Cervical Changes

Some period tracking apps will ask you to check your cervix to see how far along you are in the process. But if that's not something you do regularly, any changes in the way your cervix feels may be cause for concern. But as Dr. Rizk says, both the position and feel of your cervix will undergo significant changes during your menstrual cycle. "You can detect these changes through a simple self-examination with clean, dry fingers, so it’s a simple test you can do at home to ensure the symptoms are related to ovulation," he says.

The cervix makes up the lower third of the uterus and serves as the opening point into the uterus where sperm can swim to fertilize an egg. According to Dr. Alvarez, the cervix becomes higher, softer, more open, and wet during ovulation to help the body conceive during sex. “Before ovulation, the cervix can feel soft, similar to touching your lips, whereas it will feel harder, like touching your nose, after ovulation,” he says.

Of course, all of these descriptive terms are relative. If you’re not used to monitoring your cervix, it may take some practice to get a feel for your its position, texture, and openness throughout your cycle. In general, regular changes shouldn’t be alarming. If you notice something out of the ordinary, you can then discuss it with your doctor.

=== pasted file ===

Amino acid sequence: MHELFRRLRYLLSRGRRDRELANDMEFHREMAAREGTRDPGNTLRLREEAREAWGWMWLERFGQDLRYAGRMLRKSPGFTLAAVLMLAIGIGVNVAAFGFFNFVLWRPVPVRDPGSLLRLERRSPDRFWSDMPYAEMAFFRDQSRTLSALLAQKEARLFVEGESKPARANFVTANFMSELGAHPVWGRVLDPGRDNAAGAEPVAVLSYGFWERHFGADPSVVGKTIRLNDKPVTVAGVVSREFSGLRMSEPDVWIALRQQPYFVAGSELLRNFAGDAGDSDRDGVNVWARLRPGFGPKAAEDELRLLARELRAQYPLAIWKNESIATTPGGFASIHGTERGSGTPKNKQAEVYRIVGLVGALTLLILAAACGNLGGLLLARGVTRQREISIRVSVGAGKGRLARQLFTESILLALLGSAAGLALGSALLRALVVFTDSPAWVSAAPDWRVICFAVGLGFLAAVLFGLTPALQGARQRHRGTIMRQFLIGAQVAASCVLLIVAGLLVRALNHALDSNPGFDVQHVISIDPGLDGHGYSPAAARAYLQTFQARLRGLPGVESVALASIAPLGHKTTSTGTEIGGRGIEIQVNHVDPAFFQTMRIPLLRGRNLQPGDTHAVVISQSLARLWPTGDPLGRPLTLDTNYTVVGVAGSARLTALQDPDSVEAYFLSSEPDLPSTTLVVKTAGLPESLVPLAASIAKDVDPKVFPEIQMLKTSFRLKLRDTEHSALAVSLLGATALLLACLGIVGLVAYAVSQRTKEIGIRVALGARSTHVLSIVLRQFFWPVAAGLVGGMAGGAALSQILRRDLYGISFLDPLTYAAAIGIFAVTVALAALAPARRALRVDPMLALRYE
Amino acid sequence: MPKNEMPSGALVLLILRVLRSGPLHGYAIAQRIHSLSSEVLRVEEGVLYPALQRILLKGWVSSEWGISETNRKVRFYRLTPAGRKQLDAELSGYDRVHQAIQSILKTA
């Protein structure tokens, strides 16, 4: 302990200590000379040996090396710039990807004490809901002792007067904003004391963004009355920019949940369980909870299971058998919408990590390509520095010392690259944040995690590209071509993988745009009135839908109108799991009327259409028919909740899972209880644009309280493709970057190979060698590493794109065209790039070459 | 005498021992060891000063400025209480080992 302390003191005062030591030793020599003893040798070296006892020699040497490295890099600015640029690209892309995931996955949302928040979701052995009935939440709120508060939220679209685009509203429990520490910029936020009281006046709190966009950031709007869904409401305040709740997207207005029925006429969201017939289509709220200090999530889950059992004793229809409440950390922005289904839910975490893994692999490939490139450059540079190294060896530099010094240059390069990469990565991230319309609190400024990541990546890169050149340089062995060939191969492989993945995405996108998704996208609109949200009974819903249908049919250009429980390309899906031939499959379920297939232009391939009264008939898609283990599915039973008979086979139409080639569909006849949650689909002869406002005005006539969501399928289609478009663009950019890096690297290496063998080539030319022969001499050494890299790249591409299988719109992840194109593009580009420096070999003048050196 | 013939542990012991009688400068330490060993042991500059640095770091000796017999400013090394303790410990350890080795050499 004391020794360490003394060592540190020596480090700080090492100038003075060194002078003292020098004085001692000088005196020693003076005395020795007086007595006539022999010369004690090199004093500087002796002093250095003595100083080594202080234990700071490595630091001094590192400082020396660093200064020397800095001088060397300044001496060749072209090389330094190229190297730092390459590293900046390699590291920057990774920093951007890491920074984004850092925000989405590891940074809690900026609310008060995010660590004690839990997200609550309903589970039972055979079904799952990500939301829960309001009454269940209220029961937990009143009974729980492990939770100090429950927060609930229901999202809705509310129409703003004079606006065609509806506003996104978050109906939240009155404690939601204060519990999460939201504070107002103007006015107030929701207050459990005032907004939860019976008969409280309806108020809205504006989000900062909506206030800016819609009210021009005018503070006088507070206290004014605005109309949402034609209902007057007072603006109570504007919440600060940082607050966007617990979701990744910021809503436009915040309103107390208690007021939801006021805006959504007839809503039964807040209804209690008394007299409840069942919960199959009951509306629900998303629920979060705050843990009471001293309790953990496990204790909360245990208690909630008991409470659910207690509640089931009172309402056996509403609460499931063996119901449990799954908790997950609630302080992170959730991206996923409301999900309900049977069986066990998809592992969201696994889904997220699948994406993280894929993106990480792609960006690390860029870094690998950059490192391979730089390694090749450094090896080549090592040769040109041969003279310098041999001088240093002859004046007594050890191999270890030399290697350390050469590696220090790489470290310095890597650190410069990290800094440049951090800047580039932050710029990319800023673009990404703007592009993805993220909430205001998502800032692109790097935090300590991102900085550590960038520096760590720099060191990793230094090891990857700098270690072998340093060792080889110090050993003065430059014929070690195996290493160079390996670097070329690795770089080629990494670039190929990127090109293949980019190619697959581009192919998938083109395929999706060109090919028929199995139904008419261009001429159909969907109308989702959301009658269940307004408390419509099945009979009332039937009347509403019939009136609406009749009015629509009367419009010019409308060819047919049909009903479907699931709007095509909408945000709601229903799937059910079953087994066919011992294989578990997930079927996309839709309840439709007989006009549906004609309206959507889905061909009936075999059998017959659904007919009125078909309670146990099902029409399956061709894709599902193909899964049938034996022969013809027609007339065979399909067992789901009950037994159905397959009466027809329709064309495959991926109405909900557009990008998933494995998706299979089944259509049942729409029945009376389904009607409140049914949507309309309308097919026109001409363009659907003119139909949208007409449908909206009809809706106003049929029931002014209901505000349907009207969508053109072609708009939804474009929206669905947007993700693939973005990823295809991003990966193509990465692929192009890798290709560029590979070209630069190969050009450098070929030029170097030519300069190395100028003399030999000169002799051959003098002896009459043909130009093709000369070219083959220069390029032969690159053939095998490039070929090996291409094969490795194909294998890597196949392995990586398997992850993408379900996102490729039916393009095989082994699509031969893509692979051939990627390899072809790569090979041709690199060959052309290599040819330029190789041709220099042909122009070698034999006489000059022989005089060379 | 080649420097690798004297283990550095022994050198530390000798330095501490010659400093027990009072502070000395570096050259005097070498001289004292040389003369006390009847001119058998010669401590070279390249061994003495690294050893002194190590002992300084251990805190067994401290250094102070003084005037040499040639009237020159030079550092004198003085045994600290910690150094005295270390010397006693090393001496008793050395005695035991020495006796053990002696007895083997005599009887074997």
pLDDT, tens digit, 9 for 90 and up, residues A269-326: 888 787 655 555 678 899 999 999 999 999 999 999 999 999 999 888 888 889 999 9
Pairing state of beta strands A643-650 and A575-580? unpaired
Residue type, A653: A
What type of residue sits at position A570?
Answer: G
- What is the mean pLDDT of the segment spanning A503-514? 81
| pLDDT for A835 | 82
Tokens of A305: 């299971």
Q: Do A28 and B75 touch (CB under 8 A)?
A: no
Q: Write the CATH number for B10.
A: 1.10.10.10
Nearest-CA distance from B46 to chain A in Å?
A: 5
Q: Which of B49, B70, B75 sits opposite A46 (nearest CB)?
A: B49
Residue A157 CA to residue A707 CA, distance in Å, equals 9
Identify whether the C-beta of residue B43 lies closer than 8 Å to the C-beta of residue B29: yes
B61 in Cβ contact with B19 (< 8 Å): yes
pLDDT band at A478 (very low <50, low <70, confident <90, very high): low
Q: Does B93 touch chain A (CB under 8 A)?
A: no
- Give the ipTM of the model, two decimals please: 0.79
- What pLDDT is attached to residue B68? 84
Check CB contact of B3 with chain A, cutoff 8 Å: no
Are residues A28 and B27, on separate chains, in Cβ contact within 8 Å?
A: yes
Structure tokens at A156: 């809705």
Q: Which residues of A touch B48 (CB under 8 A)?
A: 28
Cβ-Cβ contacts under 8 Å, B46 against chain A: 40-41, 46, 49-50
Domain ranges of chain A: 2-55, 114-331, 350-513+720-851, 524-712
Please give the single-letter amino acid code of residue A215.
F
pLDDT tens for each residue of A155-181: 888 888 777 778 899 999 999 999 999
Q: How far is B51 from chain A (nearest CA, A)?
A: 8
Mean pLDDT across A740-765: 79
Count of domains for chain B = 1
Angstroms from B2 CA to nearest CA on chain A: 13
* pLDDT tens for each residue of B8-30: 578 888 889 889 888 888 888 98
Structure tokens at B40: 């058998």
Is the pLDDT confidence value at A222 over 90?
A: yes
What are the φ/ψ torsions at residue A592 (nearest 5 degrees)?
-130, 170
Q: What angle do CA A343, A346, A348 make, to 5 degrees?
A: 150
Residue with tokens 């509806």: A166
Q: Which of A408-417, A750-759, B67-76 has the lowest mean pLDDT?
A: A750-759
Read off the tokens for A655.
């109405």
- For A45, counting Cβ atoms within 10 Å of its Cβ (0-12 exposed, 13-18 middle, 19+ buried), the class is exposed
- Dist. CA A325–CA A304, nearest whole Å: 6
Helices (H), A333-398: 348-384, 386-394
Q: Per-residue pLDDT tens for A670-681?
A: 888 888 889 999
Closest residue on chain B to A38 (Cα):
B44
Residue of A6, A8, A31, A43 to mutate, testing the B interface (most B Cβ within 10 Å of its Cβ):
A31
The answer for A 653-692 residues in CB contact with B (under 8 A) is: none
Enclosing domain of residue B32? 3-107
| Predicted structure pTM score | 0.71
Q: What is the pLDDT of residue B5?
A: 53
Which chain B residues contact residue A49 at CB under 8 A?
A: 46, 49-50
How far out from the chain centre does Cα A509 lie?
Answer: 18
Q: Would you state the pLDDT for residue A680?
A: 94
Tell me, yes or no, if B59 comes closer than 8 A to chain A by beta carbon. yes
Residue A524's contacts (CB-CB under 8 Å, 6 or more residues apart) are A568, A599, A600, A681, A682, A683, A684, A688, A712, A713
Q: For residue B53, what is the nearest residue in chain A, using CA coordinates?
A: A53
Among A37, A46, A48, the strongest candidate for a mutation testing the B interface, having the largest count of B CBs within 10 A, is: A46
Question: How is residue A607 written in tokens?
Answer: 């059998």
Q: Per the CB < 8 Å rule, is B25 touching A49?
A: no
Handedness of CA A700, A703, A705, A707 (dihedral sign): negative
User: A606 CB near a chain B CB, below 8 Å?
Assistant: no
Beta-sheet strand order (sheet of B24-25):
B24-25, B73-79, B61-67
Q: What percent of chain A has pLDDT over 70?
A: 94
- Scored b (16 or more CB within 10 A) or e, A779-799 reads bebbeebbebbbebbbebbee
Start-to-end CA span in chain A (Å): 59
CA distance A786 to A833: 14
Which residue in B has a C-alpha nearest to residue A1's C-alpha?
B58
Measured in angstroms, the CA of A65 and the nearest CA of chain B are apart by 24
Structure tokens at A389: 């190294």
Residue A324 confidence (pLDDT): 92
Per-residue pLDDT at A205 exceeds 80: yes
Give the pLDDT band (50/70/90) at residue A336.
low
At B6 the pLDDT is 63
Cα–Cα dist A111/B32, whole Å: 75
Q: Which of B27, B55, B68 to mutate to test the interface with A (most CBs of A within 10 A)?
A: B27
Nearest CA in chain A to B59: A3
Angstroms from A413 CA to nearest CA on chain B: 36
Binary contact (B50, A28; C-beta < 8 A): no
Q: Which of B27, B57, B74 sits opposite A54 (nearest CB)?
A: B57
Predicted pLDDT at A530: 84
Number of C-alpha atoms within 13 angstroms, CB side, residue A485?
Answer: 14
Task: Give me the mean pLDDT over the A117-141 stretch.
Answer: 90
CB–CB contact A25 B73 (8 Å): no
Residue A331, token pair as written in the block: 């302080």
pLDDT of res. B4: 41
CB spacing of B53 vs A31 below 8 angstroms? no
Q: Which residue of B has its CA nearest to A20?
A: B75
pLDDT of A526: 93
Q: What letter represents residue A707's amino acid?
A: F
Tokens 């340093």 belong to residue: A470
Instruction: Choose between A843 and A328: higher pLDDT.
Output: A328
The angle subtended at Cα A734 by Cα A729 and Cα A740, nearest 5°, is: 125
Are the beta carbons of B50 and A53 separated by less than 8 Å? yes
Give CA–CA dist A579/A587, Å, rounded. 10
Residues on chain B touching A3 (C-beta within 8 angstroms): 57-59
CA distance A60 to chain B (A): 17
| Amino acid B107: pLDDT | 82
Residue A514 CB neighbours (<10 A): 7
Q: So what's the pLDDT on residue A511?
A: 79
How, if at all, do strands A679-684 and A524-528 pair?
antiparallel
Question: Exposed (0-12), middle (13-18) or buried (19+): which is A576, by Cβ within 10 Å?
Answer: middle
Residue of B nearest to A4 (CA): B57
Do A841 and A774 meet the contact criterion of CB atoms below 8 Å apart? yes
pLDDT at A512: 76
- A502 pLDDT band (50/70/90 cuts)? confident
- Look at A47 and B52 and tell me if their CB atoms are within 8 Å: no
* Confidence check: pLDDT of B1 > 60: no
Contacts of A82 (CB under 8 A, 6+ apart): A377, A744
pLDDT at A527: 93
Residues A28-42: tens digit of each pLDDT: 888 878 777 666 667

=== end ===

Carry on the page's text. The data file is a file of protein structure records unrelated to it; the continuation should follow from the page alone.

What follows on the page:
Mood Fluctuations

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Mood swings during ovulation are also completely normal. “During ovulation, estrogen drops a little and progesterone levels start to sharply go up while the body releases an egg,” Dr. Alvarez says. “These hormonal shifts can also influence serotonin levels, a neurotransmitter that helps to regulate mood (as well as sleep cycles and appetite).” When you have low serotonin levels, you may be more sad or irritable than usual. You may also experience food cravings, interrupted sleep, or fatigue. Getting some exercise or eating a well-balanced diet can help with these symptoms.


A Rise In Body Temperature

Progesterone that's released right after ovulation can lead to a variety of symptoms such as mood swings and breast tenderness. During a cycle, Dr. Alvarez says the basal body temperature, which is your temperature when you’re fully at rest, is consistent. But right before ovulation, a slight decline will occur which will then be followed by a sharp increase after ovulation has occurred. Some people may feel more flushed than usual. “To track your basal body temperature (BBT) you must use a special BBT thermometer first thing in the morning,” he says. “Charting BBT for a few months will help you be able to predict when ovulation is going to happen.”